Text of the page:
The Top 10 Films of 2015

A remarkable year of cinema contained singular achievements ranging from a sprawling Western epic to a subtle work of stop-motion animation.


No matter how carefully calculated Hollywood’s annual year-end awards push becomes, there will always be surprises.

Some films soaked in timely subject matter, bankable stars and behind-the-scenes talent will flounder when they finally debut; other unheralded entries will emerge from the pack as true contenders. Works of popular entertainment will be rightly (or wrongly) lauded for their artistic value; works of artful depth will unexpectedly connect with popular audiences.

Most of the time, I’ll use this space, which we’re dubbing Popcorn for Dinner, to preview and review the films debuting in Pittsburgh each weekend, with nods towards local film happenings and repertory showings. For the first-ever edition, however, I thought it most appropriate to present my Top 10 films of 2015. (Note that some of the trailers on this page contain content that may not be appropriate for children, though none contain anything truly not safe for viewing at work.)

And yes, while some of the films on this list were among my most anticipated features of the year, others came out of nowhere and blindsided me with something moving — including my favorite film of 2015, which struck me as nearly sublime.

10 — “The Diary of a Teenage Girl”
The subject matter might raise eyebrows: A 15-year-old girl has an affair with her mother’s thirtysomething boyfriend. But director Marielle Heller’s captivating drama is in no way exploitative or juvenile; rather, it’s an honest, unashamed exploration of a young woman’s sexual awakening, led by one of the year’s best performances from British actress Bel Powley.
How to See It: Out on DVD and Blu-ray Jan. 19.

9 — “The Hateful Eight”
Quentin Tarantino’s eighth film finally breaks out of the revenge-tale mold the director has been stuck in for more than a decade — and it does so by borrowing moves from Agatha Christie. A group of suspicious characters are trapped in a remote, snowbound cabin; who gets out alive? It’s great, gory, vulgar fun; see the longer version (complete with a 12-minute intermission) if you can.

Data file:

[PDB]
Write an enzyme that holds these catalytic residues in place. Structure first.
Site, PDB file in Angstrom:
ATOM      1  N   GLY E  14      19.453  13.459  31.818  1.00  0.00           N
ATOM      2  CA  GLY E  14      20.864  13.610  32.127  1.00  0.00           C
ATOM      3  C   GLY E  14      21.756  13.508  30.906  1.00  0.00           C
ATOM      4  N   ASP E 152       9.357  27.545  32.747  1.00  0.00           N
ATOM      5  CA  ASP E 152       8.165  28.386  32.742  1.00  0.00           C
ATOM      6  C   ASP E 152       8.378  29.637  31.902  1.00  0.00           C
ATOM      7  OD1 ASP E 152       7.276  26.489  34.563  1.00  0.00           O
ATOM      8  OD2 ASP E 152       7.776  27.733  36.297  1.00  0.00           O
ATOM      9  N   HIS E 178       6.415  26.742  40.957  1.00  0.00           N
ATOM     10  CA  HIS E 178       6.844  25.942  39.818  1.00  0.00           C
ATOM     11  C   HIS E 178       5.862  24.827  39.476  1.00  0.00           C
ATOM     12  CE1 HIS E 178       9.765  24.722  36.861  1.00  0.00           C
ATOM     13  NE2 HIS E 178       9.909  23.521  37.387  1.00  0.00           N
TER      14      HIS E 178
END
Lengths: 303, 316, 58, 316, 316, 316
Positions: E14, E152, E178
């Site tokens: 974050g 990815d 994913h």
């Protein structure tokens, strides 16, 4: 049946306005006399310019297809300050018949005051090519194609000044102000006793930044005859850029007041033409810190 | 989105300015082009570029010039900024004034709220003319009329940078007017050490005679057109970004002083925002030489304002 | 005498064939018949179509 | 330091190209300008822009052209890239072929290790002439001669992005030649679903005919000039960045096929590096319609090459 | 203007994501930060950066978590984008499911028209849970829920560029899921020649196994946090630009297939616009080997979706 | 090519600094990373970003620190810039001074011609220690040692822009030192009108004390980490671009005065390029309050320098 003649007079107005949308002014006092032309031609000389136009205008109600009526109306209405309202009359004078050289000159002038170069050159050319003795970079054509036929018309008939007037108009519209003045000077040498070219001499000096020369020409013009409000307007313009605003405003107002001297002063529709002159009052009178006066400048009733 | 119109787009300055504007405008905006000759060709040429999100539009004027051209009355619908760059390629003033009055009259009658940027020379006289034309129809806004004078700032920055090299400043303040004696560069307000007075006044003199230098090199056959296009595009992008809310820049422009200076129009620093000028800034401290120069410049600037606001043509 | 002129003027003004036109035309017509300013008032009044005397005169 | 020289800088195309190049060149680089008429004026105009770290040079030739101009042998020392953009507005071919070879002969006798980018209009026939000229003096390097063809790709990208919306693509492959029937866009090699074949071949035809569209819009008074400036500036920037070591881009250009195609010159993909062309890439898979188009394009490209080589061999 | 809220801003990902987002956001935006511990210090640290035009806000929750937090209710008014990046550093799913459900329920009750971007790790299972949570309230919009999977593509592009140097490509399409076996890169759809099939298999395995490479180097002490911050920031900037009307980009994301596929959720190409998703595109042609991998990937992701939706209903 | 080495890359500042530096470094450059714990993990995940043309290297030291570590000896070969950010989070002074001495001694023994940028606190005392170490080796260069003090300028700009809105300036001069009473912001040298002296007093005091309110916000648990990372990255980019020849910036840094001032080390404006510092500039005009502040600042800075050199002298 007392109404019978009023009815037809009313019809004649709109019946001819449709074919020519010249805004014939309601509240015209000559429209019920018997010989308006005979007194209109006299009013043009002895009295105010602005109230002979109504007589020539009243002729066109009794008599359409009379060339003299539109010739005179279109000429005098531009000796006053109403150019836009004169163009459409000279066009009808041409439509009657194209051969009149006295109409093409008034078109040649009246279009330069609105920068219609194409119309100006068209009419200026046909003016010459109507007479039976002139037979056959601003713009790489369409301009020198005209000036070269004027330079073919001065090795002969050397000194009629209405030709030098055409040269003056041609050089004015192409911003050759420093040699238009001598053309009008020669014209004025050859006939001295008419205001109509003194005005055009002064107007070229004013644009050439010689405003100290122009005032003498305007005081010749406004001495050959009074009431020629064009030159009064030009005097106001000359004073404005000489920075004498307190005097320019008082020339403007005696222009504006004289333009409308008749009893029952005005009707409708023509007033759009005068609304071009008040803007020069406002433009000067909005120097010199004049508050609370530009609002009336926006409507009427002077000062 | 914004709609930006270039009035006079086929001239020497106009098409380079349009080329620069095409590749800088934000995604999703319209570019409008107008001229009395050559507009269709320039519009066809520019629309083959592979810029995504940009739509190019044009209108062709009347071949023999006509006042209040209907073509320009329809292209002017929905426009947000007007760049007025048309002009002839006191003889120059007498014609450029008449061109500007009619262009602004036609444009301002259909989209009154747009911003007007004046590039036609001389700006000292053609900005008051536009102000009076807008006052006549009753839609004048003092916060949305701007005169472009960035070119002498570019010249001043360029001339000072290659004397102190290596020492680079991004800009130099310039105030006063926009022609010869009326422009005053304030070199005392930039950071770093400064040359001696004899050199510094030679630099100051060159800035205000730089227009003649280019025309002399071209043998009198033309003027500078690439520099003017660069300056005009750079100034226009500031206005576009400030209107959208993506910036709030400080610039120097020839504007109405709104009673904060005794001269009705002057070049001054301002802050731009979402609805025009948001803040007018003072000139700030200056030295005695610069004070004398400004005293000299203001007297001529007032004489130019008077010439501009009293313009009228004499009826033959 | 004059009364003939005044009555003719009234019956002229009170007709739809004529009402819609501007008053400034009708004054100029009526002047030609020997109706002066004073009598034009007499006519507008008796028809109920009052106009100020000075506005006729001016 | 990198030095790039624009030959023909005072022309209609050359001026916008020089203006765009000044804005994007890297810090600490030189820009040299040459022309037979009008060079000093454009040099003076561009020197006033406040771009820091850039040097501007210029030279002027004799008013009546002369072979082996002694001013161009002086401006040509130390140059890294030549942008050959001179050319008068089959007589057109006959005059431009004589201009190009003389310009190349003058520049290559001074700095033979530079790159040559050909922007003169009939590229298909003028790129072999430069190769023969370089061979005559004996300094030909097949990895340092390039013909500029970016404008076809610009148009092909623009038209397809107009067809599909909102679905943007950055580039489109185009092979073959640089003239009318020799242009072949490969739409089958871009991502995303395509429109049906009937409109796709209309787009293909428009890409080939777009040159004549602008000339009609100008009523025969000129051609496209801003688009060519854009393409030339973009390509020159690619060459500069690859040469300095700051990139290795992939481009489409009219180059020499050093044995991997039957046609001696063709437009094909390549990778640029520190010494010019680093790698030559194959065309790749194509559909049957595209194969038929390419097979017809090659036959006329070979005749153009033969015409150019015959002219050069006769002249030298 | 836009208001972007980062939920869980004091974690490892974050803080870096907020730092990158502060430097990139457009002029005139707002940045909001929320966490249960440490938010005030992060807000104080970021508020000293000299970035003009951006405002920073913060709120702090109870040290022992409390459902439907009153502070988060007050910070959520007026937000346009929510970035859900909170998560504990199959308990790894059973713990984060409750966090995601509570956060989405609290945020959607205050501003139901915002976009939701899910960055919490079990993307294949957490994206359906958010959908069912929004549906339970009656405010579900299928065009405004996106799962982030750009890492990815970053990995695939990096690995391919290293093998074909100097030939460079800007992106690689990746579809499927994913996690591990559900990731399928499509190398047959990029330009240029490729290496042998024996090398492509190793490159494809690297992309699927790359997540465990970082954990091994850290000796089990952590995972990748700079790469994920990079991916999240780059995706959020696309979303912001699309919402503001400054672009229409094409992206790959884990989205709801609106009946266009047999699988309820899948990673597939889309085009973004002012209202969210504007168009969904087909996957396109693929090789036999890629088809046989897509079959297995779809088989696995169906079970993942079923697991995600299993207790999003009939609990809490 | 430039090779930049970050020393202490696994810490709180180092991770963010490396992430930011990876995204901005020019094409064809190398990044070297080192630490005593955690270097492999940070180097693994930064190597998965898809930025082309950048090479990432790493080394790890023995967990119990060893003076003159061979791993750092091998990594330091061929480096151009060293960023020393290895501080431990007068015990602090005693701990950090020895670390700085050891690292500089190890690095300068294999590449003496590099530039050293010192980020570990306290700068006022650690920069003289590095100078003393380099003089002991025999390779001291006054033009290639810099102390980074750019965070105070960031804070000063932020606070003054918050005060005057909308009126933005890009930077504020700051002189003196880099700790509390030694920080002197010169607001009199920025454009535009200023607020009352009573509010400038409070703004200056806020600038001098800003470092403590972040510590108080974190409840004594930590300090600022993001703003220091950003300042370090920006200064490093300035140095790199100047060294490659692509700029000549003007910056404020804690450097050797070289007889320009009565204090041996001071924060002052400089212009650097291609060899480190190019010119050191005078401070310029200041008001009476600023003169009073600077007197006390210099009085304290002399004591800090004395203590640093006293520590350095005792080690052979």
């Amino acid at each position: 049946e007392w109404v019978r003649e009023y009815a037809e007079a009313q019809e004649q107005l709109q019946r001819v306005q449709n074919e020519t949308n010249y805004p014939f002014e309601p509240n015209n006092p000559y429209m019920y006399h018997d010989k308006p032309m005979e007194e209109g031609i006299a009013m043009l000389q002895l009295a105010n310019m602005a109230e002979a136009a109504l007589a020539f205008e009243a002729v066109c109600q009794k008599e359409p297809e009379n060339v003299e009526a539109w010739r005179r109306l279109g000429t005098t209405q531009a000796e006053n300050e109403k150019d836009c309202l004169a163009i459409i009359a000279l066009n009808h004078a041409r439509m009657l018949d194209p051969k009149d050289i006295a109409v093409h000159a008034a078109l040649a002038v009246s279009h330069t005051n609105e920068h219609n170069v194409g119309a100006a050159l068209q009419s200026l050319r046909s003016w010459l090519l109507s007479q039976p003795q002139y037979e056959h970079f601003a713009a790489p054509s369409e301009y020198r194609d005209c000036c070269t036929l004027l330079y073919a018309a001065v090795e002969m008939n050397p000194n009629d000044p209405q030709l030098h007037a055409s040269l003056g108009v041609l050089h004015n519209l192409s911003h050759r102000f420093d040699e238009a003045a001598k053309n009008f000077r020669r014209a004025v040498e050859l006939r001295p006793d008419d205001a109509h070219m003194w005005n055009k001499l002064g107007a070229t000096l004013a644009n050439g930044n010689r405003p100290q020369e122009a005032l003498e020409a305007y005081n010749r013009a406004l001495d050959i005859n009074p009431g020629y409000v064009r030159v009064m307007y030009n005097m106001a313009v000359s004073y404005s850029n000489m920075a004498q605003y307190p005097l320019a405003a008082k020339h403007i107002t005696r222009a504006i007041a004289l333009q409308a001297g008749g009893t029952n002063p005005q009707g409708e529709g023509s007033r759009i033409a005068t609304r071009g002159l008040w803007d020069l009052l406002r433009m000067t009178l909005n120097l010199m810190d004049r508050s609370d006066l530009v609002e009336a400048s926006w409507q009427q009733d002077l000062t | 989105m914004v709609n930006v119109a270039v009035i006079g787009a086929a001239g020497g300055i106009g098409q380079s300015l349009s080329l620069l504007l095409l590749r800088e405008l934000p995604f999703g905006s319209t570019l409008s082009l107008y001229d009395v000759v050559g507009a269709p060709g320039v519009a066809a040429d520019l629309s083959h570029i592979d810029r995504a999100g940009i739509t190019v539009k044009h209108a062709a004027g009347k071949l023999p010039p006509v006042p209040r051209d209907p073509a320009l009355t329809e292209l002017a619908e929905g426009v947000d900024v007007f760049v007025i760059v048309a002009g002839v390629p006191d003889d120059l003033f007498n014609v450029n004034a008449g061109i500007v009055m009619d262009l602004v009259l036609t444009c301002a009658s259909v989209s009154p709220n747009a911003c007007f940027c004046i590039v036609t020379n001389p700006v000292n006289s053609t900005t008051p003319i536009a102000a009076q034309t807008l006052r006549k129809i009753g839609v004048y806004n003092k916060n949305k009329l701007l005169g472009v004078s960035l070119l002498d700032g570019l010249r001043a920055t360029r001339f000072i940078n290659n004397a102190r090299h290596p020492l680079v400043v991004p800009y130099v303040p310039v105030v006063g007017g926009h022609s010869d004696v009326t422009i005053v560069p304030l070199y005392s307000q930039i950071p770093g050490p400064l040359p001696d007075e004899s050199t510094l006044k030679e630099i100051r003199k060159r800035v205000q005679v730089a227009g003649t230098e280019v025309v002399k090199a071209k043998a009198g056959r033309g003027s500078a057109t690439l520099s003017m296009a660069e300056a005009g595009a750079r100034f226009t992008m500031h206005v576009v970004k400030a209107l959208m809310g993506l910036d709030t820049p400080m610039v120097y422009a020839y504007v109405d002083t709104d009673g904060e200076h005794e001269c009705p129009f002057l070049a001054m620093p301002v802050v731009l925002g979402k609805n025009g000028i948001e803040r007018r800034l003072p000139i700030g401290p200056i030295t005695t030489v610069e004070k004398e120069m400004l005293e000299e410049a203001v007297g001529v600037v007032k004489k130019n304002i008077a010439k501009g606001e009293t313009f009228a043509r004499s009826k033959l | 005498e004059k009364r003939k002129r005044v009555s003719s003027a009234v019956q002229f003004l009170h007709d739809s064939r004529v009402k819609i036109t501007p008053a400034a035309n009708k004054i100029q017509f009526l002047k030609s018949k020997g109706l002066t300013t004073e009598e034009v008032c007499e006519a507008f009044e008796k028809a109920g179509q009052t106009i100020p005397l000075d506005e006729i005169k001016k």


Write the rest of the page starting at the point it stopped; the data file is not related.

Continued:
How to See It: In theaters now.

8 — “Inside Out”
How many times can Pixar come up with fresh, provocative concepts as entertaining to adults as they are to children — and as likely to produce tears as laughter? Endlessly, it seems — between “Inside Out” and “The Good Dinosaur,” they did so twice this year alone. But “Inside Out” is not just a great movie, it’s an important movie that could change the way children learn about emotions. No small feat. (It also has one of the most perfectly cast groups of voice talent in animation history.)
How to See It: Out on DVD and Blu-ray, as well as digital on-demand services, now.

7 — “Mad Max: Fury Road”
Director George Miller built this year’s most engaging cinematic world — yes, topping “The Force Awakens” — with his long-awaited return to the Mad Max franchise. The over-the-top action scenes and bonkers details (all hail the flaming guitar guy!) will have you cheering, but Charlize Theron’s turn as Furiosa will have you hooked. Don’t worry if you’re not an action fan, or if you’re not familiar with the franchise — “Fury Road” is essential viewing.
How to See It: Out on DVD and Blu-ray, as well as digital on-demand services, now.

6 — “Son of Saul”
The current frontrunner for the Best Foreign Language Film Oscar is a harrowing drama set inside Auschwitz-Birkenau in 1944. The titular Saul (Hungarian actor Géza Röhrig) is a Jewish prisoner, able-bodied enough to be recruited for unthinkable work duty in the concentration camp — and it gets more bleak from there. It’s often hard to watch, but director László Nemes’ film is thoroughly unforgettable. Röhrig probably won’t get nominated for Best Actor, but he certainly should.
How to See It: It debuted on the coasts in 2015, but it’ll be a while before it makes its way to Pittsburgh. “Son of Saul” premieres Feb. 12 at Regent Square Theater.

5 — “It Follows”